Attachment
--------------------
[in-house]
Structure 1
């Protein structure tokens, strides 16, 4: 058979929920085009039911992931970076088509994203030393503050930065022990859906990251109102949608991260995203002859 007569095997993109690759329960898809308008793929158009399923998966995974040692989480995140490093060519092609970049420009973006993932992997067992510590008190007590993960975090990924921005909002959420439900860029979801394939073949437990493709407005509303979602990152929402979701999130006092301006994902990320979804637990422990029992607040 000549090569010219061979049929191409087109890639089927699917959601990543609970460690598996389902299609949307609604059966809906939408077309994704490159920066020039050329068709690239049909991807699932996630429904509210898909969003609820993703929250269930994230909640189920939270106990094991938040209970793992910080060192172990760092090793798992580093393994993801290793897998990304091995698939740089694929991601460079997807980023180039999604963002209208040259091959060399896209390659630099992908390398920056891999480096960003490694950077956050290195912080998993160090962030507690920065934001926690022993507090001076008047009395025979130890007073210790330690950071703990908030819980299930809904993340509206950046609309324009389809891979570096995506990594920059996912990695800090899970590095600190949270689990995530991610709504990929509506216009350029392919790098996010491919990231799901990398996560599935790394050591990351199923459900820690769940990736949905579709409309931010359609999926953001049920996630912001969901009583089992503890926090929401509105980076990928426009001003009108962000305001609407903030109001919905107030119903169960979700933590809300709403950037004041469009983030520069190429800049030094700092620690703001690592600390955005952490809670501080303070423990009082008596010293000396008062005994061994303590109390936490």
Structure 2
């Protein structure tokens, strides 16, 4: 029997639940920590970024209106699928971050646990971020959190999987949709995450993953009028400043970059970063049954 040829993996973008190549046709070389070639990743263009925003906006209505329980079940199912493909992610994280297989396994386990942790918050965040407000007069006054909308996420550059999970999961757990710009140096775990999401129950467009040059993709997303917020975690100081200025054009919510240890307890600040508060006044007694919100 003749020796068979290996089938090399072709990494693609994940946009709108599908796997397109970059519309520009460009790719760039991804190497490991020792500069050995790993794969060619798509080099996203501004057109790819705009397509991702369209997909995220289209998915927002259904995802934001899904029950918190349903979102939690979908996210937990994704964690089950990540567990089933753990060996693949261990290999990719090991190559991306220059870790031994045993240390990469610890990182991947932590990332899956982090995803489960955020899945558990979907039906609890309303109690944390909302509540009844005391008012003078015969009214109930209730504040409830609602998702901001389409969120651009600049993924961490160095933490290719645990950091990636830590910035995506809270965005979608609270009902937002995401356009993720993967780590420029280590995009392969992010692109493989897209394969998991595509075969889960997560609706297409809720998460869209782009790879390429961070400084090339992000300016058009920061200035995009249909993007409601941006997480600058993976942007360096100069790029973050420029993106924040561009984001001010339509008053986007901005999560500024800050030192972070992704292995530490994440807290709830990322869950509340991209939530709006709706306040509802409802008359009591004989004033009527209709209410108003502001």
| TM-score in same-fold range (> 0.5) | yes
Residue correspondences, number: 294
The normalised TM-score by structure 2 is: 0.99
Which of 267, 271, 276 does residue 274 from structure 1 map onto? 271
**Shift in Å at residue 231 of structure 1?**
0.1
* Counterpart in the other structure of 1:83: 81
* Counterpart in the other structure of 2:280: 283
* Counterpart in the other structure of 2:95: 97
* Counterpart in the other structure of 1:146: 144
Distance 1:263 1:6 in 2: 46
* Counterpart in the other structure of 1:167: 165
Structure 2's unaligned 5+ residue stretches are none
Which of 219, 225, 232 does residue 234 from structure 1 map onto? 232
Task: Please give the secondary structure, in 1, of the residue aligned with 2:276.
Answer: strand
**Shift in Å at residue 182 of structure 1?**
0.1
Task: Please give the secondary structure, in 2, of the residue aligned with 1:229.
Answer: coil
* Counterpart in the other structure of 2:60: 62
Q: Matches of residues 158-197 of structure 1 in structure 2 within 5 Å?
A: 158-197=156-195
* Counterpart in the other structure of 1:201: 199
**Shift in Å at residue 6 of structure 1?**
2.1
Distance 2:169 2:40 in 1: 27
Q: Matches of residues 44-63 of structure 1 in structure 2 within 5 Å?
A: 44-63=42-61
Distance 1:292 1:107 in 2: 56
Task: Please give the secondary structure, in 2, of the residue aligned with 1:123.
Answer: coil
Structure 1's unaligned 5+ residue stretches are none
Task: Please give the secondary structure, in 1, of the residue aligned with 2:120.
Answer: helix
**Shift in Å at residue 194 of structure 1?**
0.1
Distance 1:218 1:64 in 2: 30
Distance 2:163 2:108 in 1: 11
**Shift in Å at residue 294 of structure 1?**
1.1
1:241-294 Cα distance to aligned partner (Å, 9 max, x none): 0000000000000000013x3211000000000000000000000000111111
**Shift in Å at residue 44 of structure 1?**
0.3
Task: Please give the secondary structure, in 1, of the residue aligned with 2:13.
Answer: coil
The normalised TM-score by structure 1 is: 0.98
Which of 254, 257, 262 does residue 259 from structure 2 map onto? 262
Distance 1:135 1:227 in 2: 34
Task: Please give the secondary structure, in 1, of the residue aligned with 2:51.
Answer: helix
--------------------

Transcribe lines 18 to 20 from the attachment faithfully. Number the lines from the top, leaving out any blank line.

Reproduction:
Structure 2's unaligned 5+ residue stretches are none
Which of 219, 225, 232 does residue 234 from structure 1 map onto? 232
Task: Please give the secondary structure, in 1, of the residue aligned with 2:276.